As social attitudes change, the way certain movies are seen evolves. Buried assumptions become visible and what was once popular becomes problematic. Some things become difficult to watch, even when we make allowances for the times in which movies were made. But we have to be careful about those allowances, resisting the urge to excuse something because “that’s just how people thought back then”. Outdated treatments of gender make many a generic romantic comedy less than entertaining today – particularly given that at the same time there were many films being made with strong female characters and more nuanced attitudes, showing that some degree of enlightenment was possible even in more restrictive times. But even more problematic than the treatment of women in popular culture has been the depiction of race.
It turns out that there were people even “back then” who raised objections. There were mass protests when The Birth of a Nation (1915) was first released because of its incendiary depiction of African Americans – imagery which today, even as we acknowledge Griffiths’ cinematic accomplishments, render the film difficult to watch without a sense of disgust and outrage. Griffiths’ grotesque caricatures underlie the bug-eyed comedy of Stepin Fetchitt and the childishness of Butterfly McQueen as Prissy in Gone With the Wind (1939), all of them drawn from 19th Century minstrelsy which lingered long into the 20th Century through Al Jolson’s penchant for blackface, Fred Astaire’s Bojangles “tribute” in Swing Time (1936), and on up to Soul Man (1986).
This aggressively performative idea of race strips authenticity from those it parodies – blackness becomes a ridiculous mirror image of white authenticity and dominance. The fact that it still crops up today (excused by politicians and television talking heads whenever embarrassing photographs turn up) while the Right becomes ever more aggressive in its defence of white privilege and denial of racism, now and in history, is one of the more depressing aspects of contemporary society. Even a money-grubbing corporation like Disney has enough self-awareness to know that it might be better not to milk Song of the South (1946) with the kind of multiple reissues it’s subjected all its other features to, even the racially problematic Peter Pan (1953).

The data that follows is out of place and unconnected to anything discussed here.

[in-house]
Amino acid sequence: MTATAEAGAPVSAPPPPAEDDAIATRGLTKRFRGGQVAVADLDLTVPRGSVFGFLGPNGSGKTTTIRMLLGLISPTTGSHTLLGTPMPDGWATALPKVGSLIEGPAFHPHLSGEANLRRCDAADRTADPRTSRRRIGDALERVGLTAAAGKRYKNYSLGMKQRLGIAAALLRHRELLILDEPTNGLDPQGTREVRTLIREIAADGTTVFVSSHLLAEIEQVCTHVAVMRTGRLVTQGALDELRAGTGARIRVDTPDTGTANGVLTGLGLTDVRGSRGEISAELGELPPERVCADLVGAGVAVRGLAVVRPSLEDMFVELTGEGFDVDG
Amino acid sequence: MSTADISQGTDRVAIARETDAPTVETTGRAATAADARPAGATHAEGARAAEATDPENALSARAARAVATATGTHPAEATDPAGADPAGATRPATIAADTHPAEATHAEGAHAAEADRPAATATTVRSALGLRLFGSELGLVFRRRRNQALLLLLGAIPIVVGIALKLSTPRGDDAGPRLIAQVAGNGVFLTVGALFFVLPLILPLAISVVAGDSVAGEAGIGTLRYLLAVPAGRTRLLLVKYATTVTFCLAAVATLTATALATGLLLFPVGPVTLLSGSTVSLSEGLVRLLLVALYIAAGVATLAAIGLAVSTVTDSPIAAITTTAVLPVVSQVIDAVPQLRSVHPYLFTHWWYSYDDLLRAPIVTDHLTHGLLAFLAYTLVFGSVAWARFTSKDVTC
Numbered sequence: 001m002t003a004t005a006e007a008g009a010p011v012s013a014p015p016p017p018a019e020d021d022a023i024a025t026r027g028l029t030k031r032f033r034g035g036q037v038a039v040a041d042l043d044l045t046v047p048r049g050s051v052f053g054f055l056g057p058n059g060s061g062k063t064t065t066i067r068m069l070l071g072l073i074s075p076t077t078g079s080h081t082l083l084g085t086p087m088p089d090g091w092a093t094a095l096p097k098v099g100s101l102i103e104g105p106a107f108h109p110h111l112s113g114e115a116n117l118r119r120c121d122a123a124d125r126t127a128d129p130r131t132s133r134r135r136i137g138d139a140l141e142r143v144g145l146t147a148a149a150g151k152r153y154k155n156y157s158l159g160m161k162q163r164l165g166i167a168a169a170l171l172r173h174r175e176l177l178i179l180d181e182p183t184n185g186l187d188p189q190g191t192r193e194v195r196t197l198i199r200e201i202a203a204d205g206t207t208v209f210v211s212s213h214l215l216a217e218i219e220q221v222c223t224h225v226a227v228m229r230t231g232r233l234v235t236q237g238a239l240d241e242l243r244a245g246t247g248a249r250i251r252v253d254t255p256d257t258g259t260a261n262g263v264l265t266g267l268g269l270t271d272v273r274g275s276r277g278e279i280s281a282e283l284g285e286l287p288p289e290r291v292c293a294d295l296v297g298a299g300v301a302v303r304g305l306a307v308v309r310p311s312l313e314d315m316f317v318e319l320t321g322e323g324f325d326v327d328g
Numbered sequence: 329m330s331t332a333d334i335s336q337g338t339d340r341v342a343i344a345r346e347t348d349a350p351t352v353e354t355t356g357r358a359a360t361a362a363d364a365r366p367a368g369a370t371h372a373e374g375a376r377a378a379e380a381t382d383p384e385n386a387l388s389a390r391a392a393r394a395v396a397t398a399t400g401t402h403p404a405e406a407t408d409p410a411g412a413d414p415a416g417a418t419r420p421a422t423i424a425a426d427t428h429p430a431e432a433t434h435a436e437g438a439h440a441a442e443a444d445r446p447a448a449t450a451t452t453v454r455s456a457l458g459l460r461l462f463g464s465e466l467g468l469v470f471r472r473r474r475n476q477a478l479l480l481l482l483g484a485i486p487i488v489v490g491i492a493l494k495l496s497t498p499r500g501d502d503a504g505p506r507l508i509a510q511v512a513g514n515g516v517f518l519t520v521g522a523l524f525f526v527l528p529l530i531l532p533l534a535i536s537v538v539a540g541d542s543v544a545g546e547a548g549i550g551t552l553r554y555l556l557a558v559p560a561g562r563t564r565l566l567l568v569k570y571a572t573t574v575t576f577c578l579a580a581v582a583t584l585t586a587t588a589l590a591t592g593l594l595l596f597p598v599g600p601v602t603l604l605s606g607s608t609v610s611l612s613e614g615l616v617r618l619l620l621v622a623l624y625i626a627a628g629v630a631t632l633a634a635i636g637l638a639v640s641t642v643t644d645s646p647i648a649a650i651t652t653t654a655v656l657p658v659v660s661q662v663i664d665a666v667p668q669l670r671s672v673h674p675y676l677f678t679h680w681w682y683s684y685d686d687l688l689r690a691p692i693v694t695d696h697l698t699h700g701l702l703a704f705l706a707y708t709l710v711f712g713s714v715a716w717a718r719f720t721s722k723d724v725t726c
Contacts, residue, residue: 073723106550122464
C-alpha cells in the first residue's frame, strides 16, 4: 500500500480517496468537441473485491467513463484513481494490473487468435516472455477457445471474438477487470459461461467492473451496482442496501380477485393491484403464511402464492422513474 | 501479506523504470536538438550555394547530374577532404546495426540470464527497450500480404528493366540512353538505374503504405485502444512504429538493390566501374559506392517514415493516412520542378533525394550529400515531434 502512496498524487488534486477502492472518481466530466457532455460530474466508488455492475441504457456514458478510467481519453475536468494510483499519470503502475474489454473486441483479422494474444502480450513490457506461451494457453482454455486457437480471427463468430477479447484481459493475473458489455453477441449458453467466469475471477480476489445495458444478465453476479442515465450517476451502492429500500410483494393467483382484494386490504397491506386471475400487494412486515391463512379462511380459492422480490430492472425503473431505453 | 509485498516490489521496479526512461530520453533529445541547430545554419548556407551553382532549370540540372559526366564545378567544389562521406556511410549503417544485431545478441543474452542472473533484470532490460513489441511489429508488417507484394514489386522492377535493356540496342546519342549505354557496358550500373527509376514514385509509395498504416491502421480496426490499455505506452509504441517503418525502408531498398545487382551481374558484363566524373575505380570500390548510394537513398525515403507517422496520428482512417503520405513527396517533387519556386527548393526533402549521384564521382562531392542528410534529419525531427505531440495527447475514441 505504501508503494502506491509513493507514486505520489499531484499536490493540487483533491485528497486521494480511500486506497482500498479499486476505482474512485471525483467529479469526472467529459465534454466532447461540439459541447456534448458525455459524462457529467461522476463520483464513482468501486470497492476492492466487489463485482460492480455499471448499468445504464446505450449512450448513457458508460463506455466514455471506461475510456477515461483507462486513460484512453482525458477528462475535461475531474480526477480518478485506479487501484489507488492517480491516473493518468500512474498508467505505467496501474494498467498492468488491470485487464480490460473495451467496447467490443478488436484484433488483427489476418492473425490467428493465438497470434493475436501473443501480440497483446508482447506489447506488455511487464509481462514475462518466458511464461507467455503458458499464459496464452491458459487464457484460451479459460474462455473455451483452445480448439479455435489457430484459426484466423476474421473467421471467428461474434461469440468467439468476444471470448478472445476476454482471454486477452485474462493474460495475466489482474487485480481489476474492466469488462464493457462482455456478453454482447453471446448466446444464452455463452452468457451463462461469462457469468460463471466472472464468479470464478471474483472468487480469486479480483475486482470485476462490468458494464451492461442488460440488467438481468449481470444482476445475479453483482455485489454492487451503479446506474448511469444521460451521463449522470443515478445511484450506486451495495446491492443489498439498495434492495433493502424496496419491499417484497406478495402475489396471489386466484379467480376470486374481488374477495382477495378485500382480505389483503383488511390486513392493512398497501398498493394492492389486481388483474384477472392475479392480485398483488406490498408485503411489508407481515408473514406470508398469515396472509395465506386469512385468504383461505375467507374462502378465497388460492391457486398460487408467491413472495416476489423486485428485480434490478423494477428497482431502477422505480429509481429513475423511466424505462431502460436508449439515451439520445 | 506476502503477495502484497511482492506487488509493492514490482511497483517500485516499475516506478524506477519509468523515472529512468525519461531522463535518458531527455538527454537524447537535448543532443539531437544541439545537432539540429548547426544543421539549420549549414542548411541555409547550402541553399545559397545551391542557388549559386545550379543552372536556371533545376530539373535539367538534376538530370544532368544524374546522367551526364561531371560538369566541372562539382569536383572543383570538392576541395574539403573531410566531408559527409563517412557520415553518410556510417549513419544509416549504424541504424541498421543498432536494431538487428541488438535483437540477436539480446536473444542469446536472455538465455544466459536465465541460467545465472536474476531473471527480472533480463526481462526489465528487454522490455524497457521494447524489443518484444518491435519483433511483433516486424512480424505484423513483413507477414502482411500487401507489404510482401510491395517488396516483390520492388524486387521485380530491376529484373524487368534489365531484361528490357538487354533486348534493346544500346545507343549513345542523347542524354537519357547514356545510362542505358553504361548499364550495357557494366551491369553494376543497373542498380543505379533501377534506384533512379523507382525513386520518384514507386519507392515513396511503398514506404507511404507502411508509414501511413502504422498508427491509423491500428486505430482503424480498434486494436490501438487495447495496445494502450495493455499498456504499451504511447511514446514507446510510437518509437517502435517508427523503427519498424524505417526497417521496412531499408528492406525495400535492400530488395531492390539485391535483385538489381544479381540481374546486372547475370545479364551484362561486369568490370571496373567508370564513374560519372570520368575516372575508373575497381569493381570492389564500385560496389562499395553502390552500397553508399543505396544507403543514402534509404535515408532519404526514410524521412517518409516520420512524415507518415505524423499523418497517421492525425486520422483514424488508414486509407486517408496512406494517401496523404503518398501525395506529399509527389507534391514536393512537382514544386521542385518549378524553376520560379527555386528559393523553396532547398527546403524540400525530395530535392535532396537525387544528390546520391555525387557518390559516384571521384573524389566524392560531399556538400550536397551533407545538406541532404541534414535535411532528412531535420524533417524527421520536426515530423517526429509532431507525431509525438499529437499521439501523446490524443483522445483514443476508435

In movies there are two distinct problems with the treatment of race: attitudes embedded in the narrative itself and “blackface casting”, in which white actors are cast as any number of different racial and ethnic types. These issues loom over Indicator’s third Hammer box set, Blood & Terror. While racism in the United States is embedded in the still unresolved history of slavery, for the English it stems from centuries of controlling a world-spanning empire, oppressing and exploiting peoples on every continent. Intrinsic to that control was an unquestioned sense of national and racial superiority which by definition viewed the subject populations as lesser than, as unworthy.
The two historically-based adventure films in the set express these attitudes, although there are traces of awareness in Terence Fisher’s The Stranglers of Bombay (1959), perhaps in part due to the fact that it was written by an American, David Zelag Goodman (who went on to write Sam Peckinpah’s masterpiece Straw Dogs  and Michael Anderson’s camp sci-fi Logan’s Run ). Goodman’s script was loosely based on a memoir by a colonial officer named Captain Sleeman who was assigned in 1830 to investigate the alarming number of disappearances among travelers in India.
What years of investigation uncovered was a secret society of Kali-worshippers who infiltrated caravans, killed everyone and stole all the goods. Supposedly this cult, calling themselves Thugs, had been at work for centuries with victims numbering in the millions (estimates put it at an average of 1000 a year). Sleeman’s efforts eventually saw about five hundred hanged and many more turned Queen’s evidence, telling hair-raising stories of their crimes.
The appeal of this story to Hammer lay in the possibility of providing some historical justification for the sadistic horrors which were being critically condemned in their recent colour Gothic movies. To add an air of legitimacy, Stranglers was shot in widescreen black-and-white. But as with many crime movies, the veneer of moral concern seems to be there as cover and justification for the lingering displays of cruelty and violence, ranging from the cult’s initiation ceremonies (cutting and branding new members, followed by proving worthiness by killing prisoners) to their slaughter of travelers (by strangulation with a silk cloth) to staking the hero to the ground and setting a cobra on him. There are graphic blindings and limb-loppings and a severed hand tossed onto a dinner table as warning.